At McClymonds High School in Oakland, Russell became a starter on the basketball team as a senior, already emphasizing defense and rebounding. A former University of San Francisco basketball player, Hal DiJulio, scouted his alma mater, recognized Russell’s potential and recommended him to coach Bill Wolbert.
Russell was awarded a scholarship and became an All-American, joining the guard K.C. Jones, a future Celtics teammate, led San Francisco to NCAA championships in his final two seasons. Following a loss to UCLA in Russell’s junior year, the team won 55 straight games. He averaged 20 points and 20 rebounds over his three varsity seasons.
“Nobody ever played basketball like I did, or as well,” Russell recalled of his college career to Sport magazine in 1963. “They’ve never seen anyone block shots before. Now I’ll be proud: I’d like to think I’ve invented a new style of play.
In the mid-1950s, the Celtics had a very talented team with Bob Cousy, the league’s best small man, and sharpshooting. Bill Sharman custody and Ed McCauley, an excellent sniper, ahead. But lacking a dominant center, they never won a championship.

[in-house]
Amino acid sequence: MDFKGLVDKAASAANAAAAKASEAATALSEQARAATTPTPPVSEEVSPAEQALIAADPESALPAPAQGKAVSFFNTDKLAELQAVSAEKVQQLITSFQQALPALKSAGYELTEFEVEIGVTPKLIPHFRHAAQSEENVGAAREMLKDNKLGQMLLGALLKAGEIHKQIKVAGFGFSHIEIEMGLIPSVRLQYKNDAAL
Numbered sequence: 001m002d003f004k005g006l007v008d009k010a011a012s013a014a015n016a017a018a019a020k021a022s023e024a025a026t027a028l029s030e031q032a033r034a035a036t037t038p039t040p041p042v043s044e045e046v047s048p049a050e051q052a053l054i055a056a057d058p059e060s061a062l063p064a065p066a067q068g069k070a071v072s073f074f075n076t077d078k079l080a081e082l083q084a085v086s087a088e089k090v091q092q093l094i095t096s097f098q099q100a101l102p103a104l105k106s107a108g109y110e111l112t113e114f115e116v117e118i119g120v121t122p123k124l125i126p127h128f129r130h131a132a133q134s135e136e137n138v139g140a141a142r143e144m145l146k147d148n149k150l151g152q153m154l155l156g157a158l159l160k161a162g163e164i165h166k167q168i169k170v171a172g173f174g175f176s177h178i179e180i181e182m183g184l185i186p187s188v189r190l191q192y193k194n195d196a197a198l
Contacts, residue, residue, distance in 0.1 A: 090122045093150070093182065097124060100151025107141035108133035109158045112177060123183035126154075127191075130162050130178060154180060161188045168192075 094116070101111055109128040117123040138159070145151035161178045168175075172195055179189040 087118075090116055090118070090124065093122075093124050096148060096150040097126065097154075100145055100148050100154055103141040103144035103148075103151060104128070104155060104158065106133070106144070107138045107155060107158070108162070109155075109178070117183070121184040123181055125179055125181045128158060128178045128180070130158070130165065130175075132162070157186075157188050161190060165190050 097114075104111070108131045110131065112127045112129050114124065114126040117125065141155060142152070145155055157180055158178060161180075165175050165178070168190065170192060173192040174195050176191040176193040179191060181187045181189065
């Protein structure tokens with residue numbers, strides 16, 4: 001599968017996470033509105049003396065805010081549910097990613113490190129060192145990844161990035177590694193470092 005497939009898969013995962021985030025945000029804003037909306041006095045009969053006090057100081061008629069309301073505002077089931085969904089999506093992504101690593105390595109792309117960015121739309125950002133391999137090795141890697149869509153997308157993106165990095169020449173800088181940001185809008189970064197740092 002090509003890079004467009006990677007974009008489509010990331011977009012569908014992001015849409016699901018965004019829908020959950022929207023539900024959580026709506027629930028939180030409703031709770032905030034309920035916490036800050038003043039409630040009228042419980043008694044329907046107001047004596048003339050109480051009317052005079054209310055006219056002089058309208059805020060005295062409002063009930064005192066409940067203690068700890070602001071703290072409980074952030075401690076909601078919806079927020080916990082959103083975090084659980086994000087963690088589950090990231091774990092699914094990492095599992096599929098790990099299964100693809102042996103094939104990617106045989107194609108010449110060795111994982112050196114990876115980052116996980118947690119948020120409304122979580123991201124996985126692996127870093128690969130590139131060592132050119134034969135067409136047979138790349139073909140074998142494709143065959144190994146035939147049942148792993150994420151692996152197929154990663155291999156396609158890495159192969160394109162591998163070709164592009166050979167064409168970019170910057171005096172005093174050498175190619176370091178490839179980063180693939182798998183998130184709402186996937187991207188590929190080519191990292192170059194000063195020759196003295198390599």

The Rochester Royals owned the No. 1 pick in the 1956 NBA draft, but they already had a great big man, Maurice StokesAnd their owner, Les Harrison, was unwilling to commit to what he believed would be a bidding war for Russell with the Harlem Globetrotters, who were reportedly willing to offer him a lucrative contract. So the Royals drafted Duquesne outfielder Chihugo Green.
The St. Louis Hawks had the No. 2 draft pick, but didn’t think they could afford Russell either. Auerbach persuaded the Celtics to trade that pick for McCauley from St. Louis and a promising rookie, Cliff Hagan. It managed to pick up Boston Russell.
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